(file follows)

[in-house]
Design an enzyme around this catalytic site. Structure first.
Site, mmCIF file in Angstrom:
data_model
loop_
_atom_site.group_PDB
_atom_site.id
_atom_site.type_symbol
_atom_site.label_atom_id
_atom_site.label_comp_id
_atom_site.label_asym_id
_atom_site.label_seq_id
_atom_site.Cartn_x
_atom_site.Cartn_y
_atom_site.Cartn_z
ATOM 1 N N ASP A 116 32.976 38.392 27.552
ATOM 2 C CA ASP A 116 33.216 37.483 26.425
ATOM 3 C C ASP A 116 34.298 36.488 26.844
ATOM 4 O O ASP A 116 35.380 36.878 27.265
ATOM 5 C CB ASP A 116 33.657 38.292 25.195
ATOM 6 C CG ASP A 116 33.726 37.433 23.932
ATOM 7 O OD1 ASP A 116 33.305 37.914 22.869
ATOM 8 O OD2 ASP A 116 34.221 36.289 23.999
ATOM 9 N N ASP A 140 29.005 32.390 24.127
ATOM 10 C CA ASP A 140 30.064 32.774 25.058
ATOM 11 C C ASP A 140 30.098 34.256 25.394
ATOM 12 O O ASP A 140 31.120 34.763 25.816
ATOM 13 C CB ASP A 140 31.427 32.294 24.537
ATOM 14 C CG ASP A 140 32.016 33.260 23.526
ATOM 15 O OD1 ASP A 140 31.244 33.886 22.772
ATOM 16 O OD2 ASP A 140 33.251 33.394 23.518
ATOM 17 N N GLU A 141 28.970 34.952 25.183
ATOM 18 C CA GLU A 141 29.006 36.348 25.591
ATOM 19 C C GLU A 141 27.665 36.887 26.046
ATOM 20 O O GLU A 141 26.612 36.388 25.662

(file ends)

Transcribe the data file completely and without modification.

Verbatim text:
[in-house]
Design an enzyme around this catalytic site. Structure first.
Site, mmCIF file in Angstrom:
data_model
loop_
_atom_site.group_PDB
_atom_site.id
_atom_site.type_symbol
_atom_site.label_atom_id
_atom_site.label_comp_id
_atom_site.label_asym_id
_atom_site.label_seq_id
_atom_site.Cartn_x
_atom_site.Cartn_y
_atom_site.Cartn_z
ATOM 1 N N ASP A 116 32.976 38.392 27.552
ATOM 2 C CA ASP A 116 33.216 37.483 26.425
ATOM 3 C C ASP A 116 34.298 36.488 26.844
ATOM 4 O O ASP A 116 35.380 36.878 27.265
ATOM 5 C CB ASP A 116 33.657 38.292 25.195
ATOM 6 C CG ASP A 116 33.726 37.433 23.932
ATOM 7 O OD1 ASP A 116 33.305 37.914 22.869
ATOM 8 O OD2 ASP A 116 34.221 36.289 23.999
ATOM 9 N N ASP A 140 29.005 32.390 24.127
ATOM 10 C CA ASP A 140 30.064 32.774 25.058
ATOM 11 C C ASP A 140 30.098 34.256 25.394
ATOM 12 O O ASP A 140 31.120 34.763 25.816
ATOM 13 C CB ASP A 140 31.427 32.294 24.537
ATOM 14 C CG ASP A 140 32.016 33.260 23.526
ATOM 15 O OD1 ASP A 140 31.244 33.886 22.772
ATOM 16 O OD2 ASP A 140 33.251 33.394 23.518
ATOM 17 N N GLU A 141 28.970 34.952 25.183
ATOM 18 C CA GLU A 141 29.006 36.348 25.591
ATOM 19 C C GLU A 141 27.665 36.887 26.046
ATOM 20 O O GLU A 141 26.612 36.388 25.662